When I was still teaching Spanish in public school but thinking about taking early retirement so that I could write full-time, I happened to be talking about that idea in the beauty salon one morning while getting my hair done. An elderly woman overheard the conversation and said, “Oh, you don’t want to do that. You’ll be bored to death.” She went on to expound on that thesis, saying that I would soon tire of not having enough to do as she had done. She found herself bored and miserable. For her retirement was nothing but a drag.
That woman’s prediction couldn’t have been more wrong. I have found that there is not enough time to do everything I want to do. Life in retirement has been exciting and fun, as I’ve realized my lifelong dream of writing and being published. I retired from teaching, not from life and not from work. Writing has become my career, though I don’t think of it as work. I love writing and learn much as I do it—much about the writing process and much about myself. Each book I write teaches me new things. Although I gain a lot of knowledge through research, I’m not primarily talking about that type of learning. I’m talking about the kind of learning that comes through doing and that teaches new skills.
There have been many times when I’ve said about some part of the writing process or something related to writing, “I don’t know how to do that.” But that statement is not the equivalent of “I can’t do that.” I have had to learn manuscript formatting. I have had to learn the manuscript submission process. I have had to learn the difference between “telling” and “showing.” I have had to learn that editors know better than a writer—at least than this writer—what works and what doesn’t, what readers will accept and what they won’t. And I’ve had to learn to accept rejection and understand that rejection does not mean defeat.
Now that I’m doing some self-publishing, I’m learning a whole new set of skills. I’m learning a different style of formatting. I’m learning how to promote. Promotion involves skills different from writing but skills, nonetheless. Promotion takes time away from writing, and dealing with that involves learning to better allocate time. The need to promote also involves learning to do things I’ve said I could never do. I have learned to do my own promotional videos. I’ve had some done professionally, and mine certainly do not compare favorably with the professional ones, but I’ve learned not to make that comparison. I do the best I can, and I manage to get the message across. I use Windows Live Movie Maker, get advice from friends and acquaintances who are familiar with the technique involved, and experiment and redo until I’m fairly well satisfied. I’ll admit that the first videos I did are pretty rough, but I’ve learned more with each one. Now I’m learning a new program that will allow me to do more and produce better results with the promotional videos and may even allow me to do book covers using digital art. It’s exciting to learn and to discover that I can do things I never expected to be able to do.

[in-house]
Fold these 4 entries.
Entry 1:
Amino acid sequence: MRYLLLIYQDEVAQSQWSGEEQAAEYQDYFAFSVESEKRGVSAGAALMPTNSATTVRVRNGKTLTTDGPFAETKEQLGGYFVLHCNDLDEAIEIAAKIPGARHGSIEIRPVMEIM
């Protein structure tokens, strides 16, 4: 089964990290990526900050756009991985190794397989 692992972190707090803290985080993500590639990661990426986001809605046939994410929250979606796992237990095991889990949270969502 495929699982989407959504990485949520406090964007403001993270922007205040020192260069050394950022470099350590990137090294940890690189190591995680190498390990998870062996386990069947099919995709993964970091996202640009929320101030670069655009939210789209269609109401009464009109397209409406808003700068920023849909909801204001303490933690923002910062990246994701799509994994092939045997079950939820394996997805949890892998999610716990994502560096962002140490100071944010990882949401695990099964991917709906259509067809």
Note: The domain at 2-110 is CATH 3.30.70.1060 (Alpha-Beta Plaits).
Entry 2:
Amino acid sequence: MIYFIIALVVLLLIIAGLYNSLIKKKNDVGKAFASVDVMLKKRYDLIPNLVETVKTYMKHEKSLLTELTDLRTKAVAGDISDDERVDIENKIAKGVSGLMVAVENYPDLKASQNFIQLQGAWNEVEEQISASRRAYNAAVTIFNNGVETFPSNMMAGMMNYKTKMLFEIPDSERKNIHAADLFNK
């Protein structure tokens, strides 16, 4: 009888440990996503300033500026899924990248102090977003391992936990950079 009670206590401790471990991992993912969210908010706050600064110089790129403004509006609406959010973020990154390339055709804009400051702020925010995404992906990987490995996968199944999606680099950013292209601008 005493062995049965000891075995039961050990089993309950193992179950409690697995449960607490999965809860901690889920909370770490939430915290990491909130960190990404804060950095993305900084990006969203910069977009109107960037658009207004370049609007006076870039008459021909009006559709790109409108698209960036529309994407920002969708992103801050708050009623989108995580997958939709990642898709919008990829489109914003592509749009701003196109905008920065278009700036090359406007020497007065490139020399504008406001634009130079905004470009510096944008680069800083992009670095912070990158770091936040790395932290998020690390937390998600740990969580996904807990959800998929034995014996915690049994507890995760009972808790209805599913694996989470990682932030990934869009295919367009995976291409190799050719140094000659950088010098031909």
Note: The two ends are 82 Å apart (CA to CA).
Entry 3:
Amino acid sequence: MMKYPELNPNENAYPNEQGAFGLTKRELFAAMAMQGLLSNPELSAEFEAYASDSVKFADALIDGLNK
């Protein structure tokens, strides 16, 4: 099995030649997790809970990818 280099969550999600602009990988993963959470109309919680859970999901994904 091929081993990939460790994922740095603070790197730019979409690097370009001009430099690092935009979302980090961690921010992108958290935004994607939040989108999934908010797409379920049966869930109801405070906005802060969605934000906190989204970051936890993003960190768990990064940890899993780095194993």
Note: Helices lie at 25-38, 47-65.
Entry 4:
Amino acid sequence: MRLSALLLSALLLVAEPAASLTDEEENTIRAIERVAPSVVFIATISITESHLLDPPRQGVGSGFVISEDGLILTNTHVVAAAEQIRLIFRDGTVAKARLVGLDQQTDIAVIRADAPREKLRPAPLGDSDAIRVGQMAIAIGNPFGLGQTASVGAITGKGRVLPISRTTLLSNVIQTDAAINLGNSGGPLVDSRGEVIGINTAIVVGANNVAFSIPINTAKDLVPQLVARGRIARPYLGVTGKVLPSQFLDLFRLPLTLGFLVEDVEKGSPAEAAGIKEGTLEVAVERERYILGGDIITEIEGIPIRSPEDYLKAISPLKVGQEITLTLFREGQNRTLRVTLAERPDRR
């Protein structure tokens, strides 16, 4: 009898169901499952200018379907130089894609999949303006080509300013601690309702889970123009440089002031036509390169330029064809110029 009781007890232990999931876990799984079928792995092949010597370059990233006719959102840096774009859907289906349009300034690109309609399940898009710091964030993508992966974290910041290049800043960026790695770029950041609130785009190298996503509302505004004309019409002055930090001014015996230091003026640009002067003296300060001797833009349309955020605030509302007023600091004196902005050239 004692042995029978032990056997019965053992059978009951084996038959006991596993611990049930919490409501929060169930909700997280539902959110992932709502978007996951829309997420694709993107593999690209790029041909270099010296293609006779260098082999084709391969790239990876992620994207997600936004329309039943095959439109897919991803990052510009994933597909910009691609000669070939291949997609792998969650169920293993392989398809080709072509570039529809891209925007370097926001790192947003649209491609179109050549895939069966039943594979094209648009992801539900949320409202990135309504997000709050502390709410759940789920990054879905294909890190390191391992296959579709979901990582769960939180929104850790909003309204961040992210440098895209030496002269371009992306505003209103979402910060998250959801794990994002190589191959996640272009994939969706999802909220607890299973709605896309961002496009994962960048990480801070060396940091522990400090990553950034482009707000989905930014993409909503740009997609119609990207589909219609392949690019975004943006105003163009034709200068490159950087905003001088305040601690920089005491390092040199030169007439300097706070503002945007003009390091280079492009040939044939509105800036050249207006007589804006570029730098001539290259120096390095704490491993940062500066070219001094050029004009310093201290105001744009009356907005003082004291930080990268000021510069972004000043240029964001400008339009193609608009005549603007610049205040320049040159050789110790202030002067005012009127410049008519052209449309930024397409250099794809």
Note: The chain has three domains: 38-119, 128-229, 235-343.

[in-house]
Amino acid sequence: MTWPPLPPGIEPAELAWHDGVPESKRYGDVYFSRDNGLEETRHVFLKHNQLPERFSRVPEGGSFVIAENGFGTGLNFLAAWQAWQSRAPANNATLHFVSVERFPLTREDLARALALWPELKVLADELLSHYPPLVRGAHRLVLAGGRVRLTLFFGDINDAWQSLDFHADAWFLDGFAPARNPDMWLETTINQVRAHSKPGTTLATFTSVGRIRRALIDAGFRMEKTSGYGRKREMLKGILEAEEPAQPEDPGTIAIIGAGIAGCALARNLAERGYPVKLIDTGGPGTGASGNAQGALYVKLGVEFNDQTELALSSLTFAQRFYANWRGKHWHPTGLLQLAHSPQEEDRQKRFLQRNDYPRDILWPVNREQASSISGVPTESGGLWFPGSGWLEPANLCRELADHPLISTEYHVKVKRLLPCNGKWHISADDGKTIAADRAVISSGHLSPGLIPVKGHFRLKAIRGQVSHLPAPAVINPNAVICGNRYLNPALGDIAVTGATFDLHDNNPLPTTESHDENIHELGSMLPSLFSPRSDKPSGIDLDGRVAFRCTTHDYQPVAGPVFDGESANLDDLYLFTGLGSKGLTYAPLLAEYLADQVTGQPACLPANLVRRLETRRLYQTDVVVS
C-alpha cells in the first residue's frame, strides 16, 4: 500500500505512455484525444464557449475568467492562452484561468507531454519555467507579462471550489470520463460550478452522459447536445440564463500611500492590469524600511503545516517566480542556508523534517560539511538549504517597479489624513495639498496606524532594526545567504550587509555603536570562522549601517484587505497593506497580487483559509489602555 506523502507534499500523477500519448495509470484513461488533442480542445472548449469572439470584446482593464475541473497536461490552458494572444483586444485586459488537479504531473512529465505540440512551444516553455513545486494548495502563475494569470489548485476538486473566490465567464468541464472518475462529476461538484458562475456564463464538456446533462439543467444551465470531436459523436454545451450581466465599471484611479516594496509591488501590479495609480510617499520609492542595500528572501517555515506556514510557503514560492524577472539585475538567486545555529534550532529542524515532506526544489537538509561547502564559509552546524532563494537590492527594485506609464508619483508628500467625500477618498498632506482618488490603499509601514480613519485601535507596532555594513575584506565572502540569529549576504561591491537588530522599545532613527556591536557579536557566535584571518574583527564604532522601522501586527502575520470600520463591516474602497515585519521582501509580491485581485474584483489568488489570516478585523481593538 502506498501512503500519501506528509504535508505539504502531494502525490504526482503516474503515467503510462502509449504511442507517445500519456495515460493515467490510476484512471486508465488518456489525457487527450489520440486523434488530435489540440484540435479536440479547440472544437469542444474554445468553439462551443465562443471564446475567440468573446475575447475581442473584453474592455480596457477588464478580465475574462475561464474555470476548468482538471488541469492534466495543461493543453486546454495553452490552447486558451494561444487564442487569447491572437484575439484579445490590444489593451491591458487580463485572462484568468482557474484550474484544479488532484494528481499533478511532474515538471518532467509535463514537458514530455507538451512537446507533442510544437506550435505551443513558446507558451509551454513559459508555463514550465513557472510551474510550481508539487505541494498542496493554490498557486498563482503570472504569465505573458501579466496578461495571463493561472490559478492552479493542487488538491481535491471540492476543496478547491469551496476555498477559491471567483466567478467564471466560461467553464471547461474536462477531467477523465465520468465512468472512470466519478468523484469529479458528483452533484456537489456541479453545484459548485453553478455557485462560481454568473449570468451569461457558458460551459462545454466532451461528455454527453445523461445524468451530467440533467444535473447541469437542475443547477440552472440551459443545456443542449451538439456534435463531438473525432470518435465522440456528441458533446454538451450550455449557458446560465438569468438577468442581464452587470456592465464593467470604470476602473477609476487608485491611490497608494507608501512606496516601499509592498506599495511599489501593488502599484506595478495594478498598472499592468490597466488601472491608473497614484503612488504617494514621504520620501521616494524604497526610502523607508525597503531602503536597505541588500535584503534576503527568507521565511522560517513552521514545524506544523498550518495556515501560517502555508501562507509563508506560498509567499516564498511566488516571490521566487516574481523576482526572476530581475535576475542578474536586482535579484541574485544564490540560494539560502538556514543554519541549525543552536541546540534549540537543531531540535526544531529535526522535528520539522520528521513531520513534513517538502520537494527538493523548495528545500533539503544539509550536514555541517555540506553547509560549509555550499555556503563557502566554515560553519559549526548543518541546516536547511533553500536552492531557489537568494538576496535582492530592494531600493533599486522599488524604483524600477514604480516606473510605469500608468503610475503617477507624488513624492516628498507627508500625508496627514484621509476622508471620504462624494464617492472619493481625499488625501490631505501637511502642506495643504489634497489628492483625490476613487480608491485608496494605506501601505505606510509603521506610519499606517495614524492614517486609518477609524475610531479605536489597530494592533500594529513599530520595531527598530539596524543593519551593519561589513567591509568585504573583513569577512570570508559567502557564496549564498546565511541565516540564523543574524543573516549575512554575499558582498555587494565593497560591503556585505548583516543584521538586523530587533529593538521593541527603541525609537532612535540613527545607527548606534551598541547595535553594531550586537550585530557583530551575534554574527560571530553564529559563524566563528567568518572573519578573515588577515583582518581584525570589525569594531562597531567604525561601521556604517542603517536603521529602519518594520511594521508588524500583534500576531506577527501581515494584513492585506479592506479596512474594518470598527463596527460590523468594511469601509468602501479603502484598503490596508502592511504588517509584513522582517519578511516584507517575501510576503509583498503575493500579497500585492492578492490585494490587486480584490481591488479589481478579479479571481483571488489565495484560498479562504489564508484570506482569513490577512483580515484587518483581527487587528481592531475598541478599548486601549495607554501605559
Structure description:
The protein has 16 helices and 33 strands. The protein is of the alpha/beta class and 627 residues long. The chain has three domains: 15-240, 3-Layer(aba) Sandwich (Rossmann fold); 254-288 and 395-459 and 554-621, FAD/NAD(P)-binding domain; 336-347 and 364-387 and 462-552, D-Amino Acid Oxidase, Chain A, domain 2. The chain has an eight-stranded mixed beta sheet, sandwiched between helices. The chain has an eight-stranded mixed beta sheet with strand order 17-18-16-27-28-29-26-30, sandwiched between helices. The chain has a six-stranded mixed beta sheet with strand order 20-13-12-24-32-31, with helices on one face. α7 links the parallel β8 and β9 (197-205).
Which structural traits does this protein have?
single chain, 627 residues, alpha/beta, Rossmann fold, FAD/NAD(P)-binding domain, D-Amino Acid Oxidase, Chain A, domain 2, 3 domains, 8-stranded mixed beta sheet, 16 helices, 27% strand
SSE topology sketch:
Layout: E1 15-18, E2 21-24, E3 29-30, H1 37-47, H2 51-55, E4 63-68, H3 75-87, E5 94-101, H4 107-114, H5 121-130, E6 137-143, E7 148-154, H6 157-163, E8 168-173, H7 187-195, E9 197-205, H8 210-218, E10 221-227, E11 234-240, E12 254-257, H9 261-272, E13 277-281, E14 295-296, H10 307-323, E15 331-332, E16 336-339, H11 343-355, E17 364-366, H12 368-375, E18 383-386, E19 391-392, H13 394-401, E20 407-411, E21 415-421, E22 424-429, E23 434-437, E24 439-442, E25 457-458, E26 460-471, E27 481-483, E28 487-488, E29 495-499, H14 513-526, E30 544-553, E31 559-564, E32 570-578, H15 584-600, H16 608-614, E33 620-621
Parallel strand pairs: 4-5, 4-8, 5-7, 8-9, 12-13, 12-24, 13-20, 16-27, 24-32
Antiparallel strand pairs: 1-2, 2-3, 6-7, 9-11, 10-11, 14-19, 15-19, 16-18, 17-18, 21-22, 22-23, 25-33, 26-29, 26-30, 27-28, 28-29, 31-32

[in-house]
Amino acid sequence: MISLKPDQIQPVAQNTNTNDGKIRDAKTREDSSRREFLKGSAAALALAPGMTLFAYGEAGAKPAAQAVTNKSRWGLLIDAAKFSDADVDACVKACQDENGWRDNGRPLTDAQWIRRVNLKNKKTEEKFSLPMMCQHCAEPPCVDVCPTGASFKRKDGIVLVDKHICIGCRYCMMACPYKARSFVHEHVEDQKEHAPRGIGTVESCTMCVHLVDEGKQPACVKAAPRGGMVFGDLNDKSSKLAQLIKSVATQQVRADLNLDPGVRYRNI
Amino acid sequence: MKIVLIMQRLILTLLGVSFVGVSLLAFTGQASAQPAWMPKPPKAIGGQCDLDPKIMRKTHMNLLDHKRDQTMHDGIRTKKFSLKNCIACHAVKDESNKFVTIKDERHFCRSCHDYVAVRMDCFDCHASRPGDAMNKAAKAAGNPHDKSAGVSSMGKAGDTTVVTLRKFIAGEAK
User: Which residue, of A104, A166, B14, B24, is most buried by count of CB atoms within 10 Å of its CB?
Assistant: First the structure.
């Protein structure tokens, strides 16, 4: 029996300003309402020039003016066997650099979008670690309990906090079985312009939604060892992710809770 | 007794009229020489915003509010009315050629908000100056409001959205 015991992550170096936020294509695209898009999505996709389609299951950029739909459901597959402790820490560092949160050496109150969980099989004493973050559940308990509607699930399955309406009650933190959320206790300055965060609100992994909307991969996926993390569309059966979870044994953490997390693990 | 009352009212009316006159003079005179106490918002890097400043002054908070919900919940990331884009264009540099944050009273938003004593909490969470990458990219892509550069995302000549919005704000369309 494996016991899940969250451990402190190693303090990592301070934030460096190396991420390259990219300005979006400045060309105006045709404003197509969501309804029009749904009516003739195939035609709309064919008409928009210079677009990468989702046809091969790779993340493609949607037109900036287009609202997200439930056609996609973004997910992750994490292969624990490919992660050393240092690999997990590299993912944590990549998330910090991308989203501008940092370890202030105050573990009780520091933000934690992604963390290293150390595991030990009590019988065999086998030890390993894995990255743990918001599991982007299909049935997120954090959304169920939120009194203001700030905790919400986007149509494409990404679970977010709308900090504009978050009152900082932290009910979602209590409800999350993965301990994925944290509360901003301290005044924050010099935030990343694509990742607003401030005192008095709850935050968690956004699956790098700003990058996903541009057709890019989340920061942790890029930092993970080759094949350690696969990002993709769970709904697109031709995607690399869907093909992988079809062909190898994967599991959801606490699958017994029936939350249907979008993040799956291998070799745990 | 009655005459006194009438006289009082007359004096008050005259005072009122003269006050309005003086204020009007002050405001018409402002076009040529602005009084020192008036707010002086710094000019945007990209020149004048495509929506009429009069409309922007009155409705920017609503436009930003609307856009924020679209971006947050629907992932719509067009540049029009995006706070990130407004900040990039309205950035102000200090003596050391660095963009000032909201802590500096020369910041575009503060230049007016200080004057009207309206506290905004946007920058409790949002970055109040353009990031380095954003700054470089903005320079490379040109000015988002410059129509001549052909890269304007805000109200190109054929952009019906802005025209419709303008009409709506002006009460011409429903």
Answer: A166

Here are the videos for the three books in the Arucadi: The Beginning. The first one was done professionally; the second and third I did.
I’m not an expert on anything. I don’t pretend to be. But I am stubborn and I am persistent. And most importantly, I’m an optimist. I believe I can do things if I try hard enough. That belief carries me through many rough spots, many discouraging setbacks. I believe in “If at first you don’t succeed, try, try again.” It isn’t always easy. I get impatient, wanting to see results that refuse to come easily. I don’t like having to wait, to do over, to start afresh. But those things are a necessary part of learning.
Learning is what prevents life from becoming boring. And learning is a lifelong process.